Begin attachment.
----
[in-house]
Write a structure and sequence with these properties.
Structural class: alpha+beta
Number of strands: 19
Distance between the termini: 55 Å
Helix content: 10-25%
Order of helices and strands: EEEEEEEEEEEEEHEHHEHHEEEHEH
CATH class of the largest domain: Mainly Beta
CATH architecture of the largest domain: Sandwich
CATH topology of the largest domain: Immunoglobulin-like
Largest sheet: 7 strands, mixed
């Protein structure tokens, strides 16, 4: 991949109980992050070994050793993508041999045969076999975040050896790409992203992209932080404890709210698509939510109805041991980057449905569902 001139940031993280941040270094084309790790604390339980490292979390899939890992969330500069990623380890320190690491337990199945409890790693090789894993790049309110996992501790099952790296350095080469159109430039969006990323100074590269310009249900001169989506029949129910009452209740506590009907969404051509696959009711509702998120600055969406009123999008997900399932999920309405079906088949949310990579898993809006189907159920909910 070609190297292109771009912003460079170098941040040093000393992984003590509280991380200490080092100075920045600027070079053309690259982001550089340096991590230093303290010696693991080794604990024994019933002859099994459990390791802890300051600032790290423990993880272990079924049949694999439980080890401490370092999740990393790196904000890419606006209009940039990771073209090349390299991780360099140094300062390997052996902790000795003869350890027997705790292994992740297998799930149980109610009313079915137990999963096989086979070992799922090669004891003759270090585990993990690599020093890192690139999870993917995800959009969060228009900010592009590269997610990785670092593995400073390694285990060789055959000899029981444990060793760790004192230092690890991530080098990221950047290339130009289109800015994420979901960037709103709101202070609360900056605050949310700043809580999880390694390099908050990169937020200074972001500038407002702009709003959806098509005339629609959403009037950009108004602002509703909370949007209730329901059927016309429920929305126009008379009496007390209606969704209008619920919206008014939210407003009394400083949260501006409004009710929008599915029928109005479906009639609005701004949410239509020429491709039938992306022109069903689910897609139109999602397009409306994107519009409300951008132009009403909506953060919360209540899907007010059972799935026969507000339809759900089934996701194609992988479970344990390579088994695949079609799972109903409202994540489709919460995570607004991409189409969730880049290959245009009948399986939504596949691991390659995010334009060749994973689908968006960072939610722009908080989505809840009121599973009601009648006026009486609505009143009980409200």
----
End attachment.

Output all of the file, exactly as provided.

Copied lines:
[in-house]
Write a structure and sequence with these properties.
Structural class: alpha+beta
Number of strands: 19
Distance between the termini: 55 Å
Helix content: 10-25%
Order of helices and strands: EEEEEEEEEEEEEHEHHEHHEEEHEH
CATH class of the largest domain: Mainly Beta
CATH architecture of the largest domain: Sandwich
CATH topology of the largest domain: Immunoglobulin-like
Largest sheet: 7 strands, mixed
């Protein structure tokens, strides 16, 4: 991949109980992050070994050793993508041999045969076999975040050896790409992203992209932080404890709210698509939510109805041991980057449905569902 001139940031993280941040270094084309790790604390339980490292979390899939890992969330500069990623380890320190690491337990199945409890790693090789894993790049309110996992501790099952790296350095080469159109430039969006990323100074590269310009249900001169989506029949129910009452209740506590009907969404051509696959009711509702998120600055969406009123999008997900399932999920309405079906088949949310990579898993809006189907159920909910 070609190297292109771009912003460079170098941040040093000393992984003590509280991380200490080092100075920045600027070079053309690259982001550089340096991590230093303290010696693991080794604990024994019933002859099994459990390791802890300051600032790290423990993880272990079924049949694999439980080890401490370092999740990393790196904000890419606006209009940039990771073209090349390299991780360099140094300062390997052996902790000795003869350890027997705790292994992740297998799930149980109610009313079915137990999963096989086979070992799922090669004891003759270090585990993990690599020093890192690139999870993917995800959009969060228009900010592009590269997610990785670092593995400073390694285990060789055959000899029981444990060793760790004192230092690890991530080098990221950047290339130009289109800015994420979901960037709103709101202070609360900056605050949310700043809580999880390694390099908050990169937020200074972001500038407002702009709003959806098509005339629609959403009037950009108004602002509703909370949007209730329901059927016309429920929305126009008379009496007390209606969704209008619920919206008014939210407003009394400083949260501006409004009710929008599915029928109005479906009639609005701004949410239509020429491709039938992306022109069903689910897609139109999602397009409306994107519009409300951008132009009403909506953060919360209540899907007010059972799935026969507000339809759900089934996701194609992988479970344990390579088994695949079609799972109903409202994540489709919460995570607004991409189409969730880049290959245009009948399986939504596949691991390659995010334009060749994973689908968006960072939610722009908080989505809840009121599973009601009648006026009486609505009143009980409200």